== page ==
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Friday, June 28, 2013
The journey to eating better is filled with many road bumps.
My biggest challenge this week has been the battle with my fridge and/or local supermarket.
All of the fresh veggies I bought spoiled within 2 days, which had the ripple effect of cancelling out the healthy meals we had planned for this week. Instead, I've had to eat whatever I can find. This means high sodium, junk food, and whatever else is around the house. We'll need to find some alternative backups if we can't count on fresh food anymore.
In a perfect world, I could be growing my own veggies or going to a farmer's market. Unfortunately, my family is going through some tough financial times which has made those options impossible right now. Reliant again on the supermarket. Maybe I can come up with enough to make a small little patio garden, though I've missed when we need to start growing in my area.
Nothing else has gone bad in the fridge which leads me to believe our grocery stores have not been keeping the best goods. It's hard to create meals when you can't trust the food that you are buying will last long enough to make the meal. That's is saddening.
So...this week is a wash in terms of progress. But it's good to know that I won't be able to rely on as much fresh produce as I wanted. We'll have to make some adjustments and use frozen.
Member Comments About This Blog Post
1STATEOFDENIAL: Thanks for the links. I found them surprising. Been buying produce (not everything of course) for a long time without a problem, so I was surprised we were having one now. But those lists are good to know. I think this week was a combination of a lot of factors :)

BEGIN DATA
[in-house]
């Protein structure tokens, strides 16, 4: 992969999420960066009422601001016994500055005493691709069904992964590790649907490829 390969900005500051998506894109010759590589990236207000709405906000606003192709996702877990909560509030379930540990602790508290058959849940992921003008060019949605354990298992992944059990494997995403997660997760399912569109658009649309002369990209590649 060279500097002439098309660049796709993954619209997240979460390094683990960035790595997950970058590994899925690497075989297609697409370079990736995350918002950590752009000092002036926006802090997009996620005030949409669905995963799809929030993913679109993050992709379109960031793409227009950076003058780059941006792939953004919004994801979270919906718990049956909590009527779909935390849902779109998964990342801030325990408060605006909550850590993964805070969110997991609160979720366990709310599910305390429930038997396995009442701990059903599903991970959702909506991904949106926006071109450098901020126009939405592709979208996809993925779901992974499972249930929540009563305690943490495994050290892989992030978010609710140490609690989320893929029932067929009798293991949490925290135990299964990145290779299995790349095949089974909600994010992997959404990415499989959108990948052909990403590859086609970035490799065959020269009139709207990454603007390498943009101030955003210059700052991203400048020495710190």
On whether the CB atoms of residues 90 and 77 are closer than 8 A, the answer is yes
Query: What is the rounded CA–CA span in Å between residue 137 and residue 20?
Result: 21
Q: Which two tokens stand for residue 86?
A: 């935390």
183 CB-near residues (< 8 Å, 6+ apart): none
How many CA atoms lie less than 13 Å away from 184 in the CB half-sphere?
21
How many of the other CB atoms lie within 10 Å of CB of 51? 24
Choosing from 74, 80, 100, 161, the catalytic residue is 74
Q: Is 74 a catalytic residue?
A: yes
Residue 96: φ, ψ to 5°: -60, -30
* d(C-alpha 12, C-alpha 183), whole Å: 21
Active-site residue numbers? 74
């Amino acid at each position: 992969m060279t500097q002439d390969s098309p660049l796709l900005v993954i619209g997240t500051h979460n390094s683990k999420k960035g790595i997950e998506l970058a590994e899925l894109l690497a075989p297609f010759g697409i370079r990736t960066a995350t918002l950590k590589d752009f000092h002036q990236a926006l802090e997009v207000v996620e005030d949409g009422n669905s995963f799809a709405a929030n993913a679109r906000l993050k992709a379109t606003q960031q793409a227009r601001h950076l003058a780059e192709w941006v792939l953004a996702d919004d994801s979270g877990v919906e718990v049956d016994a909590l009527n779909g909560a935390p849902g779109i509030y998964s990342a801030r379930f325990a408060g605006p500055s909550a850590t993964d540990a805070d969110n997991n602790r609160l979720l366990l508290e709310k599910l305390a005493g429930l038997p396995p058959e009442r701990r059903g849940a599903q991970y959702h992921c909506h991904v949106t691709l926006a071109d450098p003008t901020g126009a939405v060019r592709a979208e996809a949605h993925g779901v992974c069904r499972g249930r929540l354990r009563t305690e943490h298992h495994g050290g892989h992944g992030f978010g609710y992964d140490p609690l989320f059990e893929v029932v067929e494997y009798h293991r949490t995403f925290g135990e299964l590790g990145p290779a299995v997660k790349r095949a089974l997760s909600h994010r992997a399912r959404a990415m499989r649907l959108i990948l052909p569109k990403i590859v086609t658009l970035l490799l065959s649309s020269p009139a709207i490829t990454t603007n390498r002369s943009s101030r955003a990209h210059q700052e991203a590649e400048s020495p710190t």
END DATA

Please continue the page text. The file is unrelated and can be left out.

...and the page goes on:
Printed and posted as a reminder!
1098 days ago
First step: learn how long produce is meant to last
Second step: learn what makes produce spoil faster or last longer
Third step: look for a farmer's market near you to get local fruits and veggies that were picked the same day they're for sale. Also see if there are any community gardens near you that you can buy a small plot for gardening and/or share food items with others for a price. There are also programs where you can have a variety of fresh fruit and veggies delivered to you from a local farmer for a price.
Fourth step: plan to visit the grocery store more than once a week for fresh produce, and buy just enough to get you through until the next visit. This will keep less produce in your house at any time, so you have a better chance of eating it before it goes bad. Also, when you're in the store, take the time to look closely at what you're buying. When fruits and veggies go bad they release gases; so if just 1 item that's going bad is put in a bag or container with other items that are okay, the entire lot will go bad far quicker. So make sure what you're buying is all in good shape.
Fifth step: if you can't get good quality produce, can't get to the grocery store more often, or find that you keep throwing away much of what you buy, then buy more frozen fruits and veggies instead. When they're flash frozen they're just as healthy but will last for a few weeks before getting freezer burn.
Keep in mind that even if you're growing your own fruits and veggies, each area of the country has items that grow best or don't grow at all, so you'll still need to buy other produce to get a variety, as well as to eat during the non-growing months and while yours are growing and ripening. Plus, the crop will mostly become ready all at the same time, so you'd have to be ready to use all that produce at once or prepare them (canning, freezing, drying, etc) to use later. That's a LOT of work for just a few weeks of fresh produce - many of us aren't able to do that.
1098 days ago
When I had to rely on the commissary for food (we lived too far away to realistically shop at the nearest town for groceries), I learned to love the frozen stuff. It is often fresher than "fresh" as it is flash frozen when picked (yes, I know, we have all read that LOL) rather than being picked green and shipped in those funny-gas refrigerator cars. Frustrating but actually cheaper in the long run.
ETA - our commissary had such bad produce, it was bad IN the store, before you even considered buying it. You would pick up a tomato and your thumb would go thru it. yuck!
1099 days ago
Comment edited on: 6/28/2013 6:12:07 PM
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